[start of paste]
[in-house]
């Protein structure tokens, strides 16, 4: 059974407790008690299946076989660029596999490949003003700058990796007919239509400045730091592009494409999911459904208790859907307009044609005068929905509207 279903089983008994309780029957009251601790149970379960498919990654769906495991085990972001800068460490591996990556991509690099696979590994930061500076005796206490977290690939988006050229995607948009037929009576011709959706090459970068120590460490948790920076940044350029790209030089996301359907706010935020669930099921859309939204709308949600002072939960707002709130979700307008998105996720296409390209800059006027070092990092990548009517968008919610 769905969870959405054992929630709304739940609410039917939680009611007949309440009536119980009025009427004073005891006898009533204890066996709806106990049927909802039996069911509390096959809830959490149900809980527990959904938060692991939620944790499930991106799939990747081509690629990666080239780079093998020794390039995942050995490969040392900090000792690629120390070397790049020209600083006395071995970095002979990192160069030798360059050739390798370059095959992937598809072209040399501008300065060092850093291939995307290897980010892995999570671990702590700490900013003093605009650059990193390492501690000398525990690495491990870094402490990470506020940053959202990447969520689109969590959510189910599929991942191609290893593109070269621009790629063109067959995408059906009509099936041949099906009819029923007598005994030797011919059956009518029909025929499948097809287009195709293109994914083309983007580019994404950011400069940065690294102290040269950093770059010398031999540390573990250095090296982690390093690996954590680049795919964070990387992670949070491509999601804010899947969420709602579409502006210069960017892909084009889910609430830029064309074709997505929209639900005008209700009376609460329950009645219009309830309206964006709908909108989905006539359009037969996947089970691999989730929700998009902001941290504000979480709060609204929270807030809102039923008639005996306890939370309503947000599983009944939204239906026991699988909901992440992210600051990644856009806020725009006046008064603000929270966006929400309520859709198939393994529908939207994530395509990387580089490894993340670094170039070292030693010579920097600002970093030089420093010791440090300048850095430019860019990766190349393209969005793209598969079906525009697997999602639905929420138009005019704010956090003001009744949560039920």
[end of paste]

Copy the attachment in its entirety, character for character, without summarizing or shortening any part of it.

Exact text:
[in-house]
């Protein structure tokens, strides 16, 4: 059974407790008690299946076989660029596999490949003003700058990796007919239509400045730091592009494409999911459904208790859907307009044609005068929905509207 279903089983008994309780029957009251601790149970379960498919990654769906495991085990972001800068460490591996990556991509690099696979590994930061500076005796206490977290690939988006050229995607948009037929009576011709959706090459970068120590460490948790920076940044350029790209030089996301359907706010935020669930099921859309939204709308949600002072939960707002709130979700307008998105996720296409390209800059006027070092990092990548009517968008919610 769905969870959405054992929630709304739940609410039917939680009611007949309440009536119980009025009427004073005891006898009533204890066996709806106990049927909802039996069911509390096959809830959490149900809980527990959904938060692991939620944790499930991106799939990747081509690629990666080239780079093998020794390039995942050995490969040392900090000792690629120390070397790049020209600083006395071995970095002979990192160069030798360059050739390798370059095959992937598809072209040399501008300065060092850093291939995307290897980010892995999570671990702590700490900013003093605009650059990193390492501690000398525990690495491990870094402490990470506020940053959202990447969520689109969590959510189910599929991942191609290893593109070269621009790629063109067959995408059906009509099936041949099906009819029923007598005994030797011919059956009518029909025929499948097809287009195709293109994914083309983007580019994404950011400069940065690294102290040269950093770059010398031999540390573990250095090296982690390093690996954590680049795919964070990387992670949070491509999601804010899947969420709602579409502006210069960017892909084009889910609430830029064309074709997505929209639900005008209700009376609460329950009645219009309830309206964006709908909108989905006539359009037969996947089970691999989730929700998009902001941290504000979480709060609204929270807030809102039923008639005996306890939370309503947000599983009944939204239906026991699988909901992440992210600051990644856009806020725009006046008064603000929270966006929400309520859709198939393994529908939207994530395509990387580089490894993340670094170039070292030693010579920097600002970093030089420093010791440090300048850095430019860019990766190349393209969005793209598969079906525009697997999602639905929420138009005019704010956090003001009744949560039920």